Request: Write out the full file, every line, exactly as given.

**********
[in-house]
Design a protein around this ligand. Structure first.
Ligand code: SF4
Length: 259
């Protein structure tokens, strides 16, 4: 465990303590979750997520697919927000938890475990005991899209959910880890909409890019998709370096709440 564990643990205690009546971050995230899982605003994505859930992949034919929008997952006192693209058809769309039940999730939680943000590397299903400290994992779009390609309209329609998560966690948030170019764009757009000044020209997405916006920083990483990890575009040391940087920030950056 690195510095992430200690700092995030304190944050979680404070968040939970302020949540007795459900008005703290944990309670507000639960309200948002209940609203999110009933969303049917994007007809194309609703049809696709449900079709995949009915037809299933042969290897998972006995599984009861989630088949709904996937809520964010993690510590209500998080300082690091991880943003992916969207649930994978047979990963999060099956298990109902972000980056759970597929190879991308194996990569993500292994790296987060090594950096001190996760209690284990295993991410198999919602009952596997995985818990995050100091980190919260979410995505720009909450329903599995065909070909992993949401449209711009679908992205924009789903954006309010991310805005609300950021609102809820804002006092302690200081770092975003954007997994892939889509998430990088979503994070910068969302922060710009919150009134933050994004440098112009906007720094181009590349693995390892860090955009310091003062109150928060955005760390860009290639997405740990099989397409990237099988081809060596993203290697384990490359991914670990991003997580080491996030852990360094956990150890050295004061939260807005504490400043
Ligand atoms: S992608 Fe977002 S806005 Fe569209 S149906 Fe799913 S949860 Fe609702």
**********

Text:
[in-house]
Design a protein around this ligand. Structure first.
Ligand code: SF4
Length: 259
């Protein structure tokens, strides 16, 4: 465990303590979750997520697919927000938890475990005991899209959910880890909409890019998709370096709440 564990643990205690009546971050995230899982605003994505859930992949034919929008997952006192693209058809769309039940999730939680943000590397299903400290994992779009390609309209329609998560966690948030170019764009757009000044020209997405916006920083990483990890575009040391940087920030950056 690195510095992430200690700092995030304190944050979680404070968040939970302020949540007795459900008005703290944990309670507000639960309200948002209940609203999110009933969303049917994007007809194309609703049809696709449900079709995949009915037809299933042969290897998972006995599984009861989630088949709904996937809520964010993690510590209500998080300082690091991880943003992916969207649930994978047979990963999060099956298990109902972000980056759970597929190879991308194996990569993500292994790296987060090594950096001190996760209690284990295993991410198999919602009952596997995985818990995050100091980190919260979410995505720009909450329903599995065909070909992993949401449209711009679908992205924009789903954006309010991310805005609300950021609102809820804002006092302690200081770092975003954007997994892939889509998430990088979503994070910068969302922060710009919150009134933050994004440098112009906007720094181009590349693995390892860090955009310091003062109150928060955005760390860009290639997405740990099989397409990237099988081809060596993203290697384990490359991914670990991003997580080491996030852990360094956990150890050295004061939260807005504490400043
Ligand atoms: S992608 Fe977002 S806005 Fe569209 S149906 Fe799913 S949860 Fe609702």